Your right Steve particularly in regard to getting both the womens and mens leagues to a high standard backed up by the football community and FFA. WC qualification is great for both men and womens teams but just cannot rely on a few games over 4 years to provide any lasting and meaningful impact. Similarly the friendly games from Liverpool etc. might have a bit of impact but once the circus leaves town coverage of football drops off the radar.

        Similarly with womens football while it’s great to see them getting the recognition they deserve the crowds at W-League games are poor. Even when the women play a double header with the men the crowd that arrives early to watch the women is poor. Market the game to school State and private all girl schools. The women are getting bigger crowds for friendly Internationals but like the Liverpool etc. games the event goers disappear pretty quickly.

        Realistically it is hard for the FFA to get the coverage in the media because the media owns sport and will push it’s products first e.g. Nine with NRL etc. etc. But the emphasis must be on HAL (mens and womens) that is where we need a strong base. To all football fans it’s pretty simple if you want a good solid league go to games the one thing advertisers and the media cannot ignore are big crowds. A big crowd at an event game once every four years will not do it.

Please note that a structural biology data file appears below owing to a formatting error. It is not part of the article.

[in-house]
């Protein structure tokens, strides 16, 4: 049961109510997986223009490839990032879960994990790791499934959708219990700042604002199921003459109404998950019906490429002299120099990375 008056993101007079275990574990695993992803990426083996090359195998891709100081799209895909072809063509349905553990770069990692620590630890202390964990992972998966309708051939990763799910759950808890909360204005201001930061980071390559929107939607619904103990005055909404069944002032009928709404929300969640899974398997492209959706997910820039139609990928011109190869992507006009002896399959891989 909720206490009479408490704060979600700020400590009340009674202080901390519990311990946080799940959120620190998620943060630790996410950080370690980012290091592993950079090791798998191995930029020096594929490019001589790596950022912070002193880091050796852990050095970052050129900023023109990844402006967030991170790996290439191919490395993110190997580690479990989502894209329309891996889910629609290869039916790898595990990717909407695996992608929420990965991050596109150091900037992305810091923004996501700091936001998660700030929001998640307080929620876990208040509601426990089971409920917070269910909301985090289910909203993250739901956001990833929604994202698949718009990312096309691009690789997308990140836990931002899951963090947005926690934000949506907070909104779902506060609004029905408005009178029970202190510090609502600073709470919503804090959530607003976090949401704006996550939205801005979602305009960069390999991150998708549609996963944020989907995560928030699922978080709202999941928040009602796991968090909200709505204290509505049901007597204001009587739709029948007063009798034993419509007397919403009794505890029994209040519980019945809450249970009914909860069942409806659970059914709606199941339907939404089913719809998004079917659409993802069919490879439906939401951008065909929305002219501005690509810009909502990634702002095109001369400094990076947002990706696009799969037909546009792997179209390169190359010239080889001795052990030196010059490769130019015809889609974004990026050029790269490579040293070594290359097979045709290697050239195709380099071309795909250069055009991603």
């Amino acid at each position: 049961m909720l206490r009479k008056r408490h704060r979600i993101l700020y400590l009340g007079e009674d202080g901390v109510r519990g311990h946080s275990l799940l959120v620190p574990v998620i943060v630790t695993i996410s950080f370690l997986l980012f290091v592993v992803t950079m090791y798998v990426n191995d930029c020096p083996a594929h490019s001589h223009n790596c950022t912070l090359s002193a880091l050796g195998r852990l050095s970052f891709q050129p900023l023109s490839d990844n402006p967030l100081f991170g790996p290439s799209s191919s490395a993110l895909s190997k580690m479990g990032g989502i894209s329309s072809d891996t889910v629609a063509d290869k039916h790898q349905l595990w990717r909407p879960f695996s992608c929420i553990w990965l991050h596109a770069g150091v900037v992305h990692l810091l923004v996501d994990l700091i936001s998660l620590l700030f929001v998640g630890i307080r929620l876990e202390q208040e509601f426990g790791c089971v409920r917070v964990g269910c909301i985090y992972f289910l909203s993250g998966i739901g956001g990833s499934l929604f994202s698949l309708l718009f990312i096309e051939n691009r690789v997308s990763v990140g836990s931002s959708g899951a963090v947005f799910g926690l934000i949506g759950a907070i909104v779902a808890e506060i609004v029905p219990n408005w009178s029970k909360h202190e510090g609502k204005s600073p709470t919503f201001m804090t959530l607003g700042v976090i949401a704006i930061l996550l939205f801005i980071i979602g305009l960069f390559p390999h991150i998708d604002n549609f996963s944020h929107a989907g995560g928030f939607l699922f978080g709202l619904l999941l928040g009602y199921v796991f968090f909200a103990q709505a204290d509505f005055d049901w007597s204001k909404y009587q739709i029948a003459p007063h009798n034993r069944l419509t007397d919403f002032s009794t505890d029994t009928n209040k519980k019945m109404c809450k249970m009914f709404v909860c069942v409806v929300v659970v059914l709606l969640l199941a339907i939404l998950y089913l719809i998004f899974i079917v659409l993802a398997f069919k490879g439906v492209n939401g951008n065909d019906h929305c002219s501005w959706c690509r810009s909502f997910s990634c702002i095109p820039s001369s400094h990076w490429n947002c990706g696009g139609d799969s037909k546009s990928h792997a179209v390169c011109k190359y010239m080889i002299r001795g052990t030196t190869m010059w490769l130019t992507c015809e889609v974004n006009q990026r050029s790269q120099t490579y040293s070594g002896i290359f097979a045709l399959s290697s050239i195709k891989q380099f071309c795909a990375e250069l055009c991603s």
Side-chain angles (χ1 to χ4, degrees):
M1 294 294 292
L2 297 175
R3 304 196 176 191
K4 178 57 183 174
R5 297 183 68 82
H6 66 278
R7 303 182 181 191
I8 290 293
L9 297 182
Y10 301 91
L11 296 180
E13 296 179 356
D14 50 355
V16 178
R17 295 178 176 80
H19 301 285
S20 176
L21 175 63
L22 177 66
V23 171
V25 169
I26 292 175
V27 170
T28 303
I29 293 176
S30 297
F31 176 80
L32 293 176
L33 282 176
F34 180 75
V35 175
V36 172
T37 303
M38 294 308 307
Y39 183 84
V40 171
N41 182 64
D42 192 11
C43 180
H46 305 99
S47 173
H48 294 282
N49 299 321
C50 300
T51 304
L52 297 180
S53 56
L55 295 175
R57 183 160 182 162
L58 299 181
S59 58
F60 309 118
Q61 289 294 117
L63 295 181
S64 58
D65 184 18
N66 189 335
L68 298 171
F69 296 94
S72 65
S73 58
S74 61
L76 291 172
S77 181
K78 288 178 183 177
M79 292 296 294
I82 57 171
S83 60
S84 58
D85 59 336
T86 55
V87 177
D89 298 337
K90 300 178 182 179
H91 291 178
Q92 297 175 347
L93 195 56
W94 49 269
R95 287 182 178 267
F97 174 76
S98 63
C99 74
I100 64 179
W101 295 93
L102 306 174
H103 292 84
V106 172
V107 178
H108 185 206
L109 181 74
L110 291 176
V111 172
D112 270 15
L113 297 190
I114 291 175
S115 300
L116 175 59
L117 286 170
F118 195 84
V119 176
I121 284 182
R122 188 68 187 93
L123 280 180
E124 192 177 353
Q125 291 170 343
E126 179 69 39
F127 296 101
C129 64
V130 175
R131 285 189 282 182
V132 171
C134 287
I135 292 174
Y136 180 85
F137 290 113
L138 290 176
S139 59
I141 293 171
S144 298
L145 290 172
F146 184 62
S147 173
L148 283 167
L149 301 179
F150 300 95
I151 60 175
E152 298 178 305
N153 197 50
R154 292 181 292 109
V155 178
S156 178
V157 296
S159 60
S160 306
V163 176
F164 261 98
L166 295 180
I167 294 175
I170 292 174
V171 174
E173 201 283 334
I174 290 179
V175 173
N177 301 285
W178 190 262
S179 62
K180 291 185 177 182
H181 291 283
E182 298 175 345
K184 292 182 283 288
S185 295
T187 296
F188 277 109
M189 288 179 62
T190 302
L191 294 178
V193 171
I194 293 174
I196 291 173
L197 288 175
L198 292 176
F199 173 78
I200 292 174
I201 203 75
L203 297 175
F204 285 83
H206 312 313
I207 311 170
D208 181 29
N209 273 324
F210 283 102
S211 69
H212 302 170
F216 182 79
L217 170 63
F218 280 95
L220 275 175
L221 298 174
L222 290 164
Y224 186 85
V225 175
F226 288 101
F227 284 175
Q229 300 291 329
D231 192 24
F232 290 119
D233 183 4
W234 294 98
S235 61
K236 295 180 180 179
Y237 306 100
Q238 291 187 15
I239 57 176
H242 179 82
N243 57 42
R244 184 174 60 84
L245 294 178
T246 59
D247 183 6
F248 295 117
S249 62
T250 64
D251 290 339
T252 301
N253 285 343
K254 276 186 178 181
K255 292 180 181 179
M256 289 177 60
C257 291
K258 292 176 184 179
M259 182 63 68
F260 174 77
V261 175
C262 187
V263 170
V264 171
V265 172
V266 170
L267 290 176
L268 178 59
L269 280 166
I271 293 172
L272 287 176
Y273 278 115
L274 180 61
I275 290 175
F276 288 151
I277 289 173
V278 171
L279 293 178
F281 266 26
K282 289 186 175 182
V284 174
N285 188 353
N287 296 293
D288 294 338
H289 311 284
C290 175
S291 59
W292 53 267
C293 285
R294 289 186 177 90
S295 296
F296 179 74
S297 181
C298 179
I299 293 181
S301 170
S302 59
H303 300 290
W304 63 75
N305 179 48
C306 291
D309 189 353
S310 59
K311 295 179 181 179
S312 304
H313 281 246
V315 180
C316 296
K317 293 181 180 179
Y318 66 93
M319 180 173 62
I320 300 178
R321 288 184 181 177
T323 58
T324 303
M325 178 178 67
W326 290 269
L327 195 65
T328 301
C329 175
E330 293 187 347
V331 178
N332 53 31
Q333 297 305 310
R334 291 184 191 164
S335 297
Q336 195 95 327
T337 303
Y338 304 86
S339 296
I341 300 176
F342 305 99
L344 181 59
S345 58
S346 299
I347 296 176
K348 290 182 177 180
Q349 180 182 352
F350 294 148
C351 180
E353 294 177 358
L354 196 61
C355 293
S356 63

• November 22nd 2017 @ 7:18am
      AR said | November 22nd 2017 @ 7:18am | ! Report

      My word.

      And on it goes.

      After we secure WCQ – and the *morning after* the FFA Cup Final – the Football tab continues to obsess over a single off-the-cuff comment from a retired journo almost 2 weeks ago.

      And not to be outdone by Tuckers’ ironic “insecure” charge (which had seriously impressive clicks – Bravo Mike), Stuart’s piece finishes with a modern take on SMELL THE FEAR.


      • November 22nd 2017 @ 8:52am
        Post_hoc said | November 22nd 2017 @ 8:52am | ! Report

        obsessed? Really? I suppose you AFL types might have trouble walking and chewing gum, but us football lovers we can and do hold multiple thoughts on a multiple issues.

        I count 3 articles on the FFA cup match last night, I also see a great article by Midfielder on engaging with the associations to build the bridge, which ties in very nicely with post FFA cup.

        Now AR once again, if you don’t like whats on this tab, there is the door, use it. We wil continue to talk about what we want when we want.

        Now you clearly don’t have anything to add on the FFA cup match or any of the other topics, YOU seem drawn to these articles, clearly the problem is with you. Stop projecting and just leave.

        • November 22nd 2017 @ 9:11am
          chris said | November 22nd 2017 @ 9:11am | ! Report

          But AR has been to multiple World Cups! He just loves football.

        • November 22nd 2017 @ 9:15am
          chris said | November 22nd 2017 @ 9:15am | ! Report

          People like AR have no problem with the Mike Sheeans of the world. They would never criticise anti-football comments. But as soon as football supporters rebuke the garbage, in comes AR and his ilk and telling us to be quiet and stop commenting on it etc etc. Is that about right AR?

        • November 22nd 2017 @ 10:37am
          Caltex Ten & SBS support Australian Football said | November 22nd 2017 @ 10:37am | ! Report


      • Columnist

        November 22nd 2017 @ 9:23am
        Stuart Thomas said | November 22nd 2017 @ 9:23am | ! Report